As I mentioned in my introduction video, there are two important aspects to eating healthy. One is the secret to liking food that’s good for you, which I’ve already covered. The other is figuring out how to eat food that’s exclusively for enjoyment.
In case you are not aware, I don’t believe people can (or perhaps should) eat perfectly healthy 100% of the time. After all, sometimes we choose food for emotional or social reasons. And yet, we have to limit those times if we really want to be the healthiest, most vibrant versions of ourselves.
So, how do we eat healthy without feeling deprived? How do we indulge from time to time without going off the rails? Can we really have our cake and eat it too? (Which is kind of a dumb expression when you think about it because who owns cake without eating it?!?)
Here are my top four suggestions for continuing to eat food that’s purely for pleasure while also striving for optimal health:
- Every day: Be mindful about why you are eating each food.
Here’s the thing: Eating food sometimes that has little to no nutritional value is not a problem, so long as you are eating real food, know why you are eating it… and enjoy every bite. The problems start when we unconsciously eat, as this often involves food that doesn’t nourish our bodies, minds, emotions or spirits. After all, when was the last time you rummaged in the fridge for a late-night snack of celery?
- Every week: Decide on which days of the week you will allow yourself to indulge.
You may have heard someone say they only allow themselves snacks and sweets on days that start with S (i.e., the weekend). Using this approach puts parameters around when you can have certain foods, which automatically puts them in the “sometimes” category.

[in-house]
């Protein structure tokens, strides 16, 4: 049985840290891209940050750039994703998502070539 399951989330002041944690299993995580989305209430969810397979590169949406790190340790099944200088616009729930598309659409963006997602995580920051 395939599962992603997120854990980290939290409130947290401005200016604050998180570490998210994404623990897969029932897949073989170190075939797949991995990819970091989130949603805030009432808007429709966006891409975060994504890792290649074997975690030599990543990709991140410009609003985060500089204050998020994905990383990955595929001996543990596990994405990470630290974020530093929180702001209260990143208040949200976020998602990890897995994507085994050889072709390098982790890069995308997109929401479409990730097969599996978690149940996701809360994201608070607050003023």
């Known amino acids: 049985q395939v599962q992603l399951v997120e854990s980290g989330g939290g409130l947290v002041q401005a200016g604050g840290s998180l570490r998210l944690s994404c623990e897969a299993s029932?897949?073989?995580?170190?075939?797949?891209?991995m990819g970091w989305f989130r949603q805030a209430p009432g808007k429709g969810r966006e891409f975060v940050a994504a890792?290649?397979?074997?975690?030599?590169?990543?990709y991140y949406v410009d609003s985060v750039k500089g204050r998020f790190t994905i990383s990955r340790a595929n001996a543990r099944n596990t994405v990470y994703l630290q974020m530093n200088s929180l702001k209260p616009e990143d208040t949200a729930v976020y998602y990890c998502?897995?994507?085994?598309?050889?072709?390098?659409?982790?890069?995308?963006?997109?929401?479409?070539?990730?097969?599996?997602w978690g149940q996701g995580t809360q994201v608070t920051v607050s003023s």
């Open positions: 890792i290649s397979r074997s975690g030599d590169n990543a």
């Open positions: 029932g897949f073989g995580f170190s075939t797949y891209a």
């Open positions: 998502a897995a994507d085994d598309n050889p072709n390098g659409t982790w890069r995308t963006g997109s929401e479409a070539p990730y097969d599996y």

Professionally, I think this can work for some people. Personally, I don’t like it as it doesn’t allow for the nuances of my life that might include a Wednesday night dinner with friends or a PMS-driven “need” for chocolate. That being said it works for some people. And, as with all of my suggestions, you can decide if this works for you.
- Every month: Use a sticker calendar to see how you are doing over time.
This may seem like a silly suggestion as sticker charts are supposed to be for kids. And this is one that I have been using for years to keep myself on track, as is evidenced by the photo above.
My two non-nutritious pleasures are dessert and wine. So each day that I don’t have dessert, I get a sticker; and each day I don’t have alcohol, I get a sticker. Having it on my calendar allows me to see the big picture about my habits and ensure that my “sometimes” treats don’t become “almost always” vices.
- Every year: Implement a temporary moratorium on all strictly pleasurable foods.
Experience tells me that the partaking of purely pleasurable foods and drinks increases over time. Our taste buds get used to the sweeter / saltier / fattier flavor; our microbiota changes to those that prefer junk food; and the pleasure center of our brains gets desensitized (meaning we need more in order to feel the same reward).
For over 10 years, I have done a twice yearly cleanse to break “bad” habits, reset my taste buds and remember the real pleasure that yummy treats can bring. Not only is it a great reset for my body, but it also resets how my mind thinks about food.
If you’ve never done a whole food cleanse and want guidance through the process, then my online group cleansing program is for you. Check out the details and tell me you want to be informed when registration opens again.